Be aware that your Access application will be a desktop application only. If you want to use it from a browser or use a mobile device on the factory floor then Access isn't the right choice. I mention this only because it's a topic that people often ask about in these forums.

Posted by: projecttoday Feb 26 2020, 11:25 AM

I would say that you really needn't worry about keeping track of forms, tables, and reports. A properly-designed application doesn't really have that many of them measured against its function and you can find what you need during development okay. The finished product should not require the user even have a navigation pane, remember.

Posted by: Bullschmidt Mar 14 2020, 09:20 PM

QUOTE
would I be OK to have one access instance with all these tables as .accdb tables within ? which seems
to be a nightmare to keep track of everything . the navigation panel will have all these tables each with its
own set of queries , forms and reports.
I am sure there must be a logical method of keeping all these files together in their own "basket"


I would suggest something like this:
- Start up a new Microsoft Access database .accdb file and then import all those tables.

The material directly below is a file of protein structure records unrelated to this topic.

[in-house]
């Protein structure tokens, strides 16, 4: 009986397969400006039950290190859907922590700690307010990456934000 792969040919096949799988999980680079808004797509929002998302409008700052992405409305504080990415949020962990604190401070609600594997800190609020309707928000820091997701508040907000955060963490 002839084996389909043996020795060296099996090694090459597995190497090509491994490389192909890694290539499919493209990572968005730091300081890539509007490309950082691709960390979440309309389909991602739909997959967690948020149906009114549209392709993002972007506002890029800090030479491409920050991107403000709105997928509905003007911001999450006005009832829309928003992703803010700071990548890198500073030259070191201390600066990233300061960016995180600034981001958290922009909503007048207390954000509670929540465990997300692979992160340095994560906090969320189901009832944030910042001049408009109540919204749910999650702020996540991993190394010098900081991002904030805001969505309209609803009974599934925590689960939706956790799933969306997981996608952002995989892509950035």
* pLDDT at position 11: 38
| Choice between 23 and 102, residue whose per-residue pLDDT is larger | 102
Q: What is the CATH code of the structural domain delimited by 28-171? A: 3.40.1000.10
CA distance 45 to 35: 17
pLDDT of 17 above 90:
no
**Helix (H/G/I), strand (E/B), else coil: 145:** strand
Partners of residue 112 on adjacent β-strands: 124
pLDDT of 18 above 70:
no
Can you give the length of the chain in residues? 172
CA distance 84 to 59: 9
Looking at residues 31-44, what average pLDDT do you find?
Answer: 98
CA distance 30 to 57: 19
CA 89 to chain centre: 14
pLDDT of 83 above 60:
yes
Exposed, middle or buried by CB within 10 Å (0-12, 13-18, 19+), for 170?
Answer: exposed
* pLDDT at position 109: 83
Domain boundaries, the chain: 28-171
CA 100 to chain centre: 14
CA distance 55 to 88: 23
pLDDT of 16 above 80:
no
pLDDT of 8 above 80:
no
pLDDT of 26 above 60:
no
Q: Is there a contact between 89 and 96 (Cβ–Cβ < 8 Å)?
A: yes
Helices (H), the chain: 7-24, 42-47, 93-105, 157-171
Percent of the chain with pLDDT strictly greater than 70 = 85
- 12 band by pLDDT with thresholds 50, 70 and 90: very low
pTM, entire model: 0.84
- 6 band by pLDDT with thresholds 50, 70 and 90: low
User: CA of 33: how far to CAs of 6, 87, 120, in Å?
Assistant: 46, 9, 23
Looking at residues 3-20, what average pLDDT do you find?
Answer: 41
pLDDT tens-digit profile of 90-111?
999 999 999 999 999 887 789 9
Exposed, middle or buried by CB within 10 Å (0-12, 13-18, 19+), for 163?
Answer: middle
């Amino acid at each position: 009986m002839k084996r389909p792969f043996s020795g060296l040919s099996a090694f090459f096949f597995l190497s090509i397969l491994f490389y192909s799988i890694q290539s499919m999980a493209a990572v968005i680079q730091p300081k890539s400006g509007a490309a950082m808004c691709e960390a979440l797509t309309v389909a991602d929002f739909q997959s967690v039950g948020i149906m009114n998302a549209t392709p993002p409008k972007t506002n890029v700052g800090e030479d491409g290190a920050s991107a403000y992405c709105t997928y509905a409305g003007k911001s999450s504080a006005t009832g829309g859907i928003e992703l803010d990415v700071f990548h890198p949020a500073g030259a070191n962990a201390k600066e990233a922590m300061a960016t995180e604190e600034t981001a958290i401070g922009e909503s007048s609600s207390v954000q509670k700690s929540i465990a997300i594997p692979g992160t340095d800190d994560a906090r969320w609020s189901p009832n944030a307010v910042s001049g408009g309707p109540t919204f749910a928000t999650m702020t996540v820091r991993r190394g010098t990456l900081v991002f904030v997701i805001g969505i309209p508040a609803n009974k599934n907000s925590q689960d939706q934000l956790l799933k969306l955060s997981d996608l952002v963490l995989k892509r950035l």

- Then recreate queries, forms, and reports as needed.

It does sound like a lot of tables. Don't know if the structure should be changed or not. But I would just try to perhaps get the current functionality going before trying to possibly change the structure.

Posted by: FrankRuperto Mar 14 2020, 09:33 PM

Perhaps many of those tables are lookup tables, or you need to use sub-typing in one table instead of creating multiple tables for the same kinds of data. Please read up on how to properly design a normalized database.

I also want to make sure you understand the concept that you need to separate the tables in to a separate backend accdb, and put the forms, reports, queries, etc. into a separate frontend accdb that links to the backend. This neeeds to be done since more than one user can be sharing the backend tables, andif you make any changes to the frontend forms, reports, queries you wont overwrite the data. Each user needs to have their own copy of the frontend accdb that links to the same backend, or all kinds of problems will happen.

Posted by: tina t Mar 15 2020, 02:35 PM

QUOTE
It does sound like a lot of tables. Don't know if the structure should be changed or not. But I would just try to perhaps get the current functionality going before trying to possibly change the structure.